I had another question from the ladies of the St Vincent de Paul Opportunity Shop in Timaru. They asked me to explain what a Bastide town is?
A Bastide town is generally described as "any town planned and built as a single unit, by a single founder". They first appeared in 1222 and the last Bastide was built in 1372. They symbolised (and assisted with) the demise of the feudal system as farmers who moved their families to bastide's were no longer vassals of the local lord: they became free men. These towns attracted trade which in turn attracted more people and the communities thrived.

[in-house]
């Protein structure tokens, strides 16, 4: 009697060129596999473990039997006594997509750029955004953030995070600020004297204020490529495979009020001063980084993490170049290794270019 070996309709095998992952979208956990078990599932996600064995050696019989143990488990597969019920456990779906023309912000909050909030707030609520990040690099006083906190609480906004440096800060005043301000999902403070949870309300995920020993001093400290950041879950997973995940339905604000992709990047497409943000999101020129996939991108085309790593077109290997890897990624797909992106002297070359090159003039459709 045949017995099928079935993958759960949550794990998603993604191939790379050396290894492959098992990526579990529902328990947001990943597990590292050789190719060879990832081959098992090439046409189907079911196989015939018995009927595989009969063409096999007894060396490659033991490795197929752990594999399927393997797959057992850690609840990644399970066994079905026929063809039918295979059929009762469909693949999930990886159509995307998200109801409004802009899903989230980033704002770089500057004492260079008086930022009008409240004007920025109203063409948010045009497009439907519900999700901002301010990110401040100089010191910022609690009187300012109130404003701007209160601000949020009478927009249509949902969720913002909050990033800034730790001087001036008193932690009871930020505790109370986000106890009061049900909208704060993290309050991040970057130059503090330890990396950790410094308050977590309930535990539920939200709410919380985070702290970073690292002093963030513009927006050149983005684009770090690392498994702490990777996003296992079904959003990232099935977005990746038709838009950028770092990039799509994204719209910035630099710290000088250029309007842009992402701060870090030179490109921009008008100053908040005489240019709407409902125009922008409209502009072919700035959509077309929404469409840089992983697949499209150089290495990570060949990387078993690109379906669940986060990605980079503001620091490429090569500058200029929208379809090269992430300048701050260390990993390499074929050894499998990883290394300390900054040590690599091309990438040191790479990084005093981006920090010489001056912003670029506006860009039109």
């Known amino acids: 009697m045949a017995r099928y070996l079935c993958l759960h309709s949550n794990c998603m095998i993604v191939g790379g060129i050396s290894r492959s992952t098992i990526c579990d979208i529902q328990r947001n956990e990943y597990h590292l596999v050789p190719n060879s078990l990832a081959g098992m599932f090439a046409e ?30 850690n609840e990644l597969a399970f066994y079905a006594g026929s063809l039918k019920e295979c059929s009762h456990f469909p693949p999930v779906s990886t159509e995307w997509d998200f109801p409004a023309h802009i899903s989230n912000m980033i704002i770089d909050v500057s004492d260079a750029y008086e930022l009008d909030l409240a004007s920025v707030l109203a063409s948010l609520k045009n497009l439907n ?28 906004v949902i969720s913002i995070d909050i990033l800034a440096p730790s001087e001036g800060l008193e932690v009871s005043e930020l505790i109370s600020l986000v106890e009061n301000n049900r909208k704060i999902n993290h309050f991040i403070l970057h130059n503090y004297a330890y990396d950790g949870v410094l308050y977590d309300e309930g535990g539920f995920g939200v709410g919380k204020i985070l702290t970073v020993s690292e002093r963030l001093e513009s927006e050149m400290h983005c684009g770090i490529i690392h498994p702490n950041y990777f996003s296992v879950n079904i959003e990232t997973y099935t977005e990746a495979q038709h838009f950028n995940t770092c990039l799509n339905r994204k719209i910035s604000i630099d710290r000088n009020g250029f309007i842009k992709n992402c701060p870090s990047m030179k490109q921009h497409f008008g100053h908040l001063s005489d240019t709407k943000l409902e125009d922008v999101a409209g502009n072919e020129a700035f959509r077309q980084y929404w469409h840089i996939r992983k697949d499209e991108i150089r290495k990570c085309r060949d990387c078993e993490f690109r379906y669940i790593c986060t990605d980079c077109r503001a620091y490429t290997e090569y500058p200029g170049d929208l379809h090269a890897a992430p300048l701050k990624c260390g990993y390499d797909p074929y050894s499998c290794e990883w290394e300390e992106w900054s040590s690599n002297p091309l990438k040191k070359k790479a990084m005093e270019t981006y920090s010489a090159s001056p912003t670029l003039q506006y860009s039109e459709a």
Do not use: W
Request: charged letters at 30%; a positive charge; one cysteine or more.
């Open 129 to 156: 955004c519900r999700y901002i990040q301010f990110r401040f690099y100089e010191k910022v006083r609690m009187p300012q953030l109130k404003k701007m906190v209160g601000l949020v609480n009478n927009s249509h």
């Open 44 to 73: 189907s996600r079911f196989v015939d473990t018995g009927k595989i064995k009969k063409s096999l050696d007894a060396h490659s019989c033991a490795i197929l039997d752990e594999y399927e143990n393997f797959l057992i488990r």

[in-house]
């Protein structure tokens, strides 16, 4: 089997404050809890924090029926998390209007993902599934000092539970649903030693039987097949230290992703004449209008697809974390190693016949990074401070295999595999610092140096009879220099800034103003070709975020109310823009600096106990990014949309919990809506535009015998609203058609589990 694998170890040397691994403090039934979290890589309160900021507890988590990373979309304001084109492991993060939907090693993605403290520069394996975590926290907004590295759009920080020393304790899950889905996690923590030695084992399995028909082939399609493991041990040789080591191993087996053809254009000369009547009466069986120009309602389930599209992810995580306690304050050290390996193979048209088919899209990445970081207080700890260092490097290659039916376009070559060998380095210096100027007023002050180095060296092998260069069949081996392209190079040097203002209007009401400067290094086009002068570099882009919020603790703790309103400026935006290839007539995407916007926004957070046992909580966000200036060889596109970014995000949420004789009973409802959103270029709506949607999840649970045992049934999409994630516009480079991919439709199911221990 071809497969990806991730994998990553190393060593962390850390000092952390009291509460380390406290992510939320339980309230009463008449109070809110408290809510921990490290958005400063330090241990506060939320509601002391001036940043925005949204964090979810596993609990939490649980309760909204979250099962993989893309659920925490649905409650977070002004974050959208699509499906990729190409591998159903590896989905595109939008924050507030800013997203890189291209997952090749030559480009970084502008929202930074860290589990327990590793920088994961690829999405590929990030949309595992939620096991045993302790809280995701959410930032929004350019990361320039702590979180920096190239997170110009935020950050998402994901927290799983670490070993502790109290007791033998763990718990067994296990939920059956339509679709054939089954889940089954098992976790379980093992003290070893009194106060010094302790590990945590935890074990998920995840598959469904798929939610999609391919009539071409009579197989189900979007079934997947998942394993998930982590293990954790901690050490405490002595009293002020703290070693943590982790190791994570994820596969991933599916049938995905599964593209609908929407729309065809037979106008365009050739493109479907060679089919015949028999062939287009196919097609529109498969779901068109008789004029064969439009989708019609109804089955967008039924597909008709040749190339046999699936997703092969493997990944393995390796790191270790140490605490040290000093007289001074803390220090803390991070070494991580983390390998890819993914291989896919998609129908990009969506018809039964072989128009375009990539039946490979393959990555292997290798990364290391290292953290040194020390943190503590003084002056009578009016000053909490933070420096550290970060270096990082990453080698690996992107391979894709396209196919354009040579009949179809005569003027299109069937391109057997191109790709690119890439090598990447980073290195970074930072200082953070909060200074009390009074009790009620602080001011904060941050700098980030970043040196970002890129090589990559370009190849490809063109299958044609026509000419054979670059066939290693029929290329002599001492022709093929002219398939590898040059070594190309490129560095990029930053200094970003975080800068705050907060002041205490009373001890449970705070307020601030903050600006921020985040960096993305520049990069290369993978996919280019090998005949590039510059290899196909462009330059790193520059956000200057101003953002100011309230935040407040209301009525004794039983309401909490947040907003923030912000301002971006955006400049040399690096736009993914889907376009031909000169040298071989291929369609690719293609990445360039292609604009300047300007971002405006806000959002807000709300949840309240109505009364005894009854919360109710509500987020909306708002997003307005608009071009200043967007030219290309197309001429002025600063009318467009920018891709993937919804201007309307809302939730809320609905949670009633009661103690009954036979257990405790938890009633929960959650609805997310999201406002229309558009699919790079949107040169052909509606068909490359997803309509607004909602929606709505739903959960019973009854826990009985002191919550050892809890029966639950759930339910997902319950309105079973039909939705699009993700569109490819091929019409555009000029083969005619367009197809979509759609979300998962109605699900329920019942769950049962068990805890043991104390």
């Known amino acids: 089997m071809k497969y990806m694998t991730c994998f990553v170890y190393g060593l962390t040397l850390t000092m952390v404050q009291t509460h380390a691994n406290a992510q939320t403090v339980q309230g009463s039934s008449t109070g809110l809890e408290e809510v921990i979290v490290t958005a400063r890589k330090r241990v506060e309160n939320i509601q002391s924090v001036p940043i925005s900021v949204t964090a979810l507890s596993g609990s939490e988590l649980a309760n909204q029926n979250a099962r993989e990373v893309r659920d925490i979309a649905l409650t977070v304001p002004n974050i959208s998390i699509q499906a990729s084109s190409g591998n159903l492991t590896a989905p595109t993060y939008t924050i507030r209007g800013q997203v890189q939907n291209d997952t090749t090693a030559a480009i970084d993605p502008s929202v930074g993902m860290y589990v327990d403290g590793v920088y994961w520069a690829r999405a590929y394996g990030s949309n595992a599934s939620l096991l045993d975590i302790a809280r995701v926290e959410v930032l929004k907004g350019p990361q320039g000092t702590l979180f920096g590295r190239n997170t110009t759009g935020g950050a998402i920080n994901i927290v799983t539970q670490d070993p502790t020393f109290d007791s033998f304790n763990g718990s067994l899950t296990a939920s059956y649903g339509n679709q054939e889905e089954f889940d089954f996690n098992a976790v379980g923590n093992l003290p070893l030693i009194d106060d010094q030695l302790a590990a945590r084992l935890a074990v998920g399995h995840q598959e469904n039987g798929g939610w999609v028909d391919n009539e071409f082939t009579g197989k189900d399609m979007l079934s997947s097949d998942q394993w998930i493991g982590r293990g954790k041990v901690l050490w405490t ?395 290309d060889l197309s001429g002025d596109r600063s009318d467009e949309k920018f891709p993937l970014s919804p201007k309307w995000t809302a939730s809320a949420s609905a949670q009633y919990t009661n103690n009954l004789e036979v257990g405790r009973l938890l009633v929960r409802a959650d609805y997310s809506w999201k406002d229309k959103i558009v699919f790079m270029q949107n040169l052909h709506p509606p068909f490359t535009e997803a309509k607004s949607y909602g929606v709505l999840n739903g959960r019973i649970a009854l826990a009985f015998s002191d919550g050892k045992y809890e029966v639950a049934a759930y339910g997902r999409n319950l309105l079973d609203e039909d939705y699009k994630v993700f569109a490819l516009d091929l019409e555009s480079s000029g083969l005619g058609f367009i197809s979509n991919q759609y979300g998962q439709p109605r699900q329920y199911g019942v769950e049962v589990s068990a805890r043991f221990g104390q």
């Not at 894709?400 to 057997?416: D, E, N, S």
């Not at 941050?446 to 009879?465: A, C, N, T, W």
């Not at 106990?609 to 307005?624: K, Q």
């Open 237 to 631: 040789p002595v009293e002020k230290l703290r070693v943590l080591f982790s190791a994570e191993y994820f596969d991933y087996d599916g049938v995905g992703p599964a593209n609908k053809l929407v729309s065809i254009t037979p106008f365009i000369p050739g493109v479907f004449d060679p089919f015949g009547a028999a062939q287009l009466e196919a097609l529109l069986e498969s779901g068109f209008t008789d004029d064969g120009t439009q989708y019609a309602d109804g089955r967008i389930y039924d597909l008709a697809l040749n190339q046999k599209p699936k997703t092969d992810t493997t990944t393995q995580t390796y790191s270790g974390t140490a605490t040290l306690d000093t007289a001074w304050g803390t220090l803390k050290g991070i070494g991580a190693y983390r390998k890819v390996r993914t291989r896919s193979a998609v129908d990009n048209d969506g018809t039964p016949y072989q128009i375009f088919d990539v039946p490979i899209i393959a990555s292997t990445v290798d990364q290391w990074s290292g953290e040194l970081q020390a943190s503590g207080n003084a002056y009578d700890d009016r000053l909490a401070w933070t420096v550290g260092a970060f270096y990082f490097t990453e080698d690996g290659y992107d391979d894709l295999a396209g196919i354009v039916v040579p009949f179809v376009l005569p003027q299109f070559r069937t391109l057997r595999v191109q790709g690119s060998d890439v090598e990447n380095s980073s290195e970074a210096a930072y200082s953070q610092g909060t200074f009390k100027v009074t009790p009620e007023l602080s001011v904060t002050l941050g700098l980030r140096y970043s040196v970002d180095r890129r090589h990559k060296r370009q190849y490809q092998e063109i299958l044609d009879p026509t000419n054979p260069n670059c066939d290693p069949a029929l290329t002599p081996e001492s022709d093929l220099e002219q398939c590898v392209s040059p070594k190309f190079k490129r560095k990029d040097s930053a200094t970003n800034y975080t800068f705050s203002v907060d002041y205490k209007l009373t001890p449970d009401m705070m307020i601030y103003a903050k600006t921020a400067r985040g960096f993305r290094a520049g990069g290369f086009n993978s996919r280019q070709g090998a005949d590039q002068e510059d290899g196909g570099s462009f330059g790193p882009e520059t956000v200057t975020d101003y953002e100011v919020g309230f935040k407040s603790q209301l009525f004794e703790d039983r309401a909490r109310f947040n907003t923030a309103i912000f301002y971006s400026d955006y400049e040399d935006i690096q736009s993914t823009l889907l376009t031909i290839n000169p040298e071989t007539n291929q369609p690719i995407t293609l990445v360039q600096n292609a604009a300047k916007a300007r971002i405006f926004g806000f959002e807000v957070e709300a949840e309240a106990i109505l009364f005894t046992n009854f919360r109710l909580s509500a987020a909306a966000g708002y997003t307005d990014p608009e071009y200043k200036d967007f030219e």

The bastide towns were usually built to a strict grid layout, with equal space allocated to each house. The grid centred on a square, which often contained a market hall and sheltered arcades around the edges. There was usually a church, often fortified, built adjacent to the main square.
Really these bastide towns were just large sub-divisions built on borrowed money by greedy property developers chasing real estate riches back in 13th Century.
It is quite interesting, today most small villages still have two of everything (at least). It seems to solve the problem that if you fall out with your baker then you can still get bread from the other boulangerie in town.